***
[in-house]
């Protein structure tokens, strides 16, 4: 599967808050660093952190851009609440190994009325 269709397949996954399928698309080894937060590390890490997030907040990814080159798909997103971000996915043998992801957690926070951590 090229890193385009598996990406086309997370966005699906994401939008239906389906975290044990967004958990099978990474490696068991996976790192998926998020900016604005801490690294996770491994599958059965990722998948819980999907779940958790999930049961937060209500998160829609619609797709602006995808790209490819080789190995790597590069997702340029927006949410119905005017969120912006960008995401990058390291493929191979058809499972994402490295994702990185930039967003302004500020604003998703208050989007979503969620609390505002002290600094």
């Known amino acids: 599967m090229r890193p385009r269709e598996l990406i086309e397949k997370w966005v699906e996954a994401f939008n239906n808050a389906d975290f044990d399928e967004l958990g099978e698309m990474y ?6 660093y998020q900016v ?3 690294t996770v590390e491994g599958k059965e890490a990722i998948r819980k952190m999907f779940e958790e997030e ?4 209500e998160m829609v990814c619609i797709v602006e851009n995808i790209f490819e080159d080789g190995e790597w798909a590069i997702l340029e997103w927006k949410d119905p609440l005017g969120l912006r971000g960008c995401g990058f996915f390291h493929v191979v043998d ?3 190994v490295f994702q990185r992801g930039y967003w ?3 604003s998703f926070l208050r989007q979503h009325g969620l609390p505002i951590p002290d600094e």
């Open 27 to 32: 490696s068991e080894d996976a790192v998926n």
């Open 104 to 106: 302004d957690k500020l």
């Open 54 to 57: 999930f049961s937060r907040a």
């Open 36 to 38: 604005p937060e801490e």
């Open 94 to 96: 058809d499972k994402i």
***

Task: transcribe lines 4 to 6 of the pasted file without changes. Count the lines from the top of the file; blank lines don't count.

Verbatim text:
């Open 27 to 32: 490696s068991e080894d996976a790192v998926n």
């Open 104 to 106: 302004d957690k500020l």
């Open 54 to 57: 999930f049961s937060r907040a």